Nostalgia is all about remembering the past

Published 12:00 am Wednesday, November 11, 2015

What is nostalgia anyway?

I suppose you could say it is remembering events or people from the past and inserting them in a special spot in your bank of memories.

I often think of those three months back in the 1950s when Atmore police spread a dragnet all over town attempting to nab Willy Smoot, the elusive burglar and finally cornering him in the loft of one of our drug stores. His elusiveness was outlined in several news articles in newspapers from the surrounding area. Each time the officers though they had him cornered he managed to get away. And, the day he was captured reporters flocked here to question him about his many escapades.

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Then, there was that day in the very early 1950s that a large Baldwin County truck filled with freshly gathered monkey grass ran into a bus at Atmore’s Bus Station Café. Crates of monkey grass piled up in front of the main entrance and Ruth Cunningham, the station owner, called on two former Fountain Prison inmates to clean up the the boxes of grass and loose dirt. Those two men had been brought in to catch the bus to take them to their homes. That was the policy back then for newly released inmates to get a free bus ticket to go home.

You can also nostalgically think back to those early days when we all stood up along the sidelines to watch Blue Devil football games played in rear of the high school on Pensacola Avenue. This, of course was before games were played at Byrne Field or Barnes Stadium.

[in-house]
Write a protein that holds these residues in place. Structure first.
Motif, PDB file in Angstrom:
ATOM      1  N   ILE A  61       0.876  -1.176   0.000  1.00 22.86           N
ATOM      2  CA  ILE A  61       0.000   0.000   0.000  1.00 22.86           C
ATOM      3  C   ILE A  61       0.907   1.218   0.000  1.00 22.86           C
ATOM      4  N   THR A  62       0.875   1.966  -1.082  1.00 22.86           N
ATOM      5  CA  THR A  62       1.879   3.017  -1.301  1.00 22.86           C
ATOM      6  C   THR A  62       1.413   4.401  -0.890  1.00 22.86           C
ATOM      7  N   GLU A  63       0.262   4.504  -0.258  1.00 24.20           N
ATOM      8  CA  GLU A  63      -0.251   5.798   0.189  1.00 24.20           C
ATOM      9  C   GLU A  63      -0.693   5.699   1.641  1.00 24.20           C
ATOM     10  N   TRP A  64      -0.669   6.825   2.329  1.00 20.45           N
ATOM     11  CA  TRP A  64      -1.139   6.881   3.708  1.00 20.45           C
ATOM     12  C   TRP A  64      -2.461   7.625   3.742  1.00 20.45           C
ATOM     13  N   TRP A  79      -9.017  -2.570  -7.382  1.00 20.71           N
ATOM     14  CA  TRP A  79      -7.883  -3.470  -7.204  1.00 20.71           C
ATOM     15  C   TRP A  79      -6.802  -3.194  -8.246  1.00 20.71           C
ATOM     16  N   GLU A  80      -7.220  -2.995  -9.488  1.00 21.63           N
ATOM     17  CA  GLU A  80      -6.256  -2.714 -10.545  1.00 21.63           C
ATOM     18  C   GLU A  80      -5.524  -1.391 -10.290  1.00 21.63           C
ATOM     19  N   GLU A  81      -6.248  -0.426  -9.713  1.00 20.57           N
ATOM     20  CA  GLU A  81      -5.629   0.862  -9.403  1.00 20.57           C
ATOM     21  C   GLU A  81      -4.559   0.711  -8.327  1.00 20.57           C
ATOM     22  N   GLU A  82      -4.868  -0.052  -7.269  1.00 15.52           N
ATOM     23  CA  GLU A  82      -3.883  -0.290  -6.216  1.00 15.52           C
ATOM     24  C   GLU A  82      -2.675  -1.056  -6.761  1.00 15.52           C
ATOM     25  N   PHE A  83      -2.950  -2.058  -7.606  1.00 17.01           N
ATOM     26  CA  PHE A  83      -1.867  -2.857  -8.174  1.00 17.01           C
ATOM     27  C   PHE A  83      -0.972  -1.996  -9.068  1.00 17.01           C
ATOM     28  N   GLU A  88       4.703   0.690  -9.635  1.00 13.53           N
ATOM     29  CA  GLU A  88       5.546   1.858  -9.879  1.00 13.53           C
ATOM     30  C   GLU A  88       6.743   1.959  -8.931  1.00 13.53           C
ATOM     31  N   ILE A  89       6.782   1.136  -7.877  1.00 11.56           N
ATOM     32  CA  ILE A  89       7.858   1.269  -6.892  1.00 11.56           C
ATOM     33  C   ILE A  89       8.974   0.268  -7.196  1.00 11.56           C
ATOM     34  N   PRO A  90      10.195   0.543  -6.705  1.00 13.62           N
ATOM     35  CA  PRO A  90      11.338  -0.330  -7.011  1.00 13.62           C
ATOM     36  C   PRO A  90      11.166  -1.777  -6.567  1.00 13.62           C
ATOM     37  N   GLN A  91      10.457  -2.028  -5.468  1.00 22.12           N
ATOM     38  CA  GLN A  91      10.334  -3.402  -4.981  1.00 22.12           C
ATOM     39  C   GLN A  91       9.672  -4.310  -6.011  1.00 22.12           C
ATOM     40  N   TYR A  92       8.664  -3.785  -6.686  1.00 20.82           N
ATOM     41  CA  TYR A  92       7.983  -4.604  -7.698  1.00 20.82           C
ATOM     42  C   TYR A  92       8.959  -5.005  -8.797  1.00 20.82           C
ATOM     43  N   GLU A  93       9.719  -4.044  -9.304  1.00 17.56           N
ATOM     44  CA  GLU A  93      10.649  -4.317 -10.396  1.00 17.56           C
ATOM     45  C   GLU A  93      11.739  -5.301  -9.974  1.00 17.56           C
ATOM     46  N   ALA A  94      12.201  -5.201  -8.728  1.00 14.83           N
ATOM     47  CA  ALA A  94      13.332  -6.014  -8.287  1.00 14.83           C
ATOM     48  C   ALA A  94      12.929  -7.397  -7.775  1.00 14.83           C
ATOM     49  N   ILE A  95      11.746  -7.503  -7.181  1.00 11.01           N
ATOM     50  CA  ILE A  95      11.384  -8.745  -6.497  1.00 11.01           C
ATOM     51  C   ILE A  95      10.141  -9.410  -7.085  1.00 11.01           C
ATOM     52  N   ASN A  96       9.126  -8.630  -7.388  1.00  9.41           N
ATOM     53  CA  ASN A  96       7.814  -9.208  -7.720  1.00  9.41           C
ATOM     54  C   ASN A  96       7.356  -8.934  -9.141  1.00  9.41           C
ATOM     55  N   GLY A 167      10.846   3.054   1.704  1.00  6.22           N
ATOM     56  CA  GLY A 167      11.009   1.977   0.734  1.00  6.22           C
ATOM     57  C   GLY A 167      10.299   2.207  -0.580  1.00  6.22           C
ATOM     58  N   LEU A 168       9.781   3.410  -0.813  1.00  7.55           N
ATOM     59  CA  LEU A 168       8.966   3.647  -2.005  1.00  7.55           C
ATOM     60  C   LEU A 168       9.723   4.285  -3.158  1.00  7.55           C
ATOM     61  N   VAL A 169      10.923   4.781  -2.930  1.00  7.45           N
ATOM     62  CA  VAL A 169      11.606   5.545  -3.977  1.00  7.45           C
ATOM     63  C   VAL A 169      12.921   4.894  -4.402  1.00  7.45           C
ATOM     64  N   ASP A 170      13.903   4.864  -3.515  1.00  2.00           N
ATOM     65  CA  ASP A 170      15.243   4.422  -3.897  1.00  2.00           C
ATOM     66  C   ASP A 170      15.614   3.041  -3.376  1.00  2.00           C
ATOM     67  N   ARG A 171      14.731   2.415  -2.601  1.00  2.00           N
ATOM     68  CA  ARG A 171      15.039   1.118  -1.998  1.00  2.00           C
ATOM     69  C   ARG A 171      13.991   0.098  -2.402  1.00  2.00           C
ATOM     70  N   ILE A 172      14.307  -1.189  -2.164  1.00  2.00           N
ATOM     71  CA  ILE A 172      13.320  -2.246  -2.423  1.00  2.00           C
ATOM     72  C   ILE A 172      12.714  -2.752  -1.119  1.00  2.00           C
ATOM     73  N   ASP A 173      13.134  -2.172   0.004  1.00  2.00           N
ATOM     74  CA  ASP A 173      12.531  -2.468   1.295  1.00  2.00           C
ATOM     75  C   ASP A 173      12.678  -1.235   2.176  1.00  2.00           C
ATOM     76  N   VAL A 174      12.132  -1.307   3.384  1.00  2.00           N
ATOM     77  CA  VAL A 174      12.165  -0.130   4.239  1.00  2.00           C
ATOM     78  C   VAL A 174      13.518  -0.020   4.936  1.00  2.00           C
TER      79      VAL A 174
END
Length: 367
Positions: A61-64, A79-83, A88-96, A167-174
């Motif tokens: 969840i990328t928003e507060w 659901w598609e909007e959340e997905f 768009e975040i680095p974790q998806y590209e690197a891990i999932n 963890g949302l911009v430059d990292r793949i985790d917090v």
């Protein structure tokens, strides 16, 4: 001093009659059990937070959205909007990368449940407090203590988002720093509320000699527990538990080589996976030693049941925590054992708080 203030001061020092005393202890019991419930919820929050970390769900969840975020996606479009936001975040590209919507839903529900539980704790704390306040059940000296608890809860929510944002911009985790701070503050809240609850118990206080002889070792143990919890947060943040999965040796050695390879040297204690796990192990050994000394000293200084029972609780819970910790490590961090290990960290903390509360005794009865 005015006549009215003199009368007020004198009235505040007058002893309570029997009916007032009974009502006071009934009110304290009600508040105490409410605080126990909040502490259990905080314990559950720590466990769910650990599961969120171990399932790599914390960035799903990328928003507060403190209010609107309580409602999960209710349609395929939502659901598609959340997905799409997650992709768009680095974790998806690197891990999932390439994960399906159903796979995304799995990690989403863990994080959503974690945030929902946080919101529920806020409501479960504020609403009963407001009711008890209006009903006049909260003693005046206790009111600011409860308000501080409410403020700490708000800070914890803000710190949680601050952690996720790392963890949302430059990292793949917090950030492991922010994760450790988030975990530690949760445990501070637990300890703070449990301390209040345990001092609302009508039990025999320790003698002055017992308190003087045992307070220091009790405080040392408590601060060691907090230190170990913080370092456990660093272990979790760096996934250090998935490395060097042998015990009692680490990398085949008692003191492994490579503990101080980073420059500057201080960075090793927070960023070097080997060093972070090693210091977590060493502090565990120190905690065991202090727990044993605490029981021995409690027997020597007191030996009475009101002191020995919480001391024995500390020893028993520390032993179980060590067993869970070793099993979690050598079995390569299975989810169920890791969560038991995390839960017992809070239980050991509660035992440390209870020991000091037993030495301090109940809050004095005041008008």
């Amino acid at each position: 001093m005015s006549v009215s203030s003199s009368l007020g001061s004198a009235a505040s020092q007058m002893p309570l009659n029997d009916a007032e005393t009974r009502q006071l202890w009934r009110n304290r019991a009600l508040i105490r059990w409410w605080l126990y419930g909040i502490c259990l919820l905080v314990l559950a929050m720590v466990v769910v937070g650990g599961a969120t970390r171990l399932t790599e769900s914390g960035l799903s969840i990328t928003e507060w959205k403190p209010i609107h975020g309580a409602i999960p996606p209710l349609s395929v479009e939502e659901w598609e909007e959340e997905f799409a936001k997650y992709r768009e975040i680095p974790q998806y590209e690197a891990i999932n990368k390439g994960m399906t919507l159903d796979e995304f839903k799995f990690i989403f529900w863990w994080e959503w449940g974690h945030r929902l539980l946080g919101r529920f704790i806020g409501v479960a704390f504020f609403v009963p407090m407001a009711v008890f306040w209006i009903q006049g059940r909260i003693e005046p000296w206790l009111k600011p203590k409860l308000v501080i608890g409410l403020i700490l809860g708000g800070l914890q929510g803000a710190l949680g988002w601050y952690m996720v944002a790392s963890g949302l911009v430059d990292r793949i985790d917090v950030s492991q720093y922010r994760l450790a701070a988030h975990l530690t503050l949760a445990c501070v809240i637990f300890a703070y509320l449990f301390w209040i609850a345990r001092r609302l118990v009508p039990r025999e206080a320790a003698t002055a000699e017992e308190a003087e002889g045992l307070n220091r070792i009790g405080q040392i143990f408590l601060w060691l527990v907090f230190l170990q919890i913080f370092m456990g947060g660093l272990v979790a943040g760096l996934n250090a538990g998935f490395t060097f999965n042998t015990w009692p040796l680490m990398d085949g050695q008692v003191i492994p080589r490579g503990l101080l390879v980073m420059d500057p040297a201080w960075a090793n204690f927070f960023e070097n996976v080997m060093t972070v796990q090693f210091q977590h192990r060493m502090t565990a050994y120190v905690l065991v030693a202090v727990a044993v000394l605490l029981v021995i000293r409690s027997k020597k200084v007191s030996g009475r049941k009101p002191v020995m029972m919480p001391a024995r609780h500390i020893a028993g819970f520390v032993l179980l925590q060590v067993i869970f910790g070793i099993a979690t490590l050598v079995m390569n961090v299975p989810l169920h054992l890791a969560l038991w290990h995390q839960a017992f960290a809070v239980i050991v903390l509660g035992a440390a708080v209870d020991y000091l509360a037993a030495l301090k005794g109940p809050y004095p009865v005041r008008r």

In the 1960s Geraldo Herrera came to town to protest a particular situation involving a prisoner on death row. Local law enforcement officers had to beef up their forces to provide protection from protestors who were against his coming here. It was during this time period that this liberal left wing TV personality identified with causes similar to this.

By the way this guy, still as liberal today as he was back then, is the leftwing wing member of Fox News TV show “The Five”. He became a replacement for the chubby Bob Beckel who was fired by Fox a few months ago. Beckel has now joined the liberal CNN Network.

Some will remember that day when Dr. St Amant’s fishing boat floated off his trailer parked in front of his office. Excessive heavy rains created a “river” of flood causing the boat to simply float away. Ruth Brock, his chief nurse had to send in Joe, her husband, to bring the boat back in.

In 1952, movie fans flocked to downtown Atmore to get a look at touring Hollywood movie star Robert Stack. The popular hero of the silver screen stopped off here for a couple of hours to promote a movie he was staring in.

Now let’s take a look at a dab of news from 1966. A&P had a big winner in its Mystery Cash Contest in the fall that year. a lady from Lottie collected the $500 cash prize. Store manager Hugh Malone made the award to her.

County and State authorities posted big rewards leading to the capture of thieves who stole copper from Southern Pine Electric Corporation.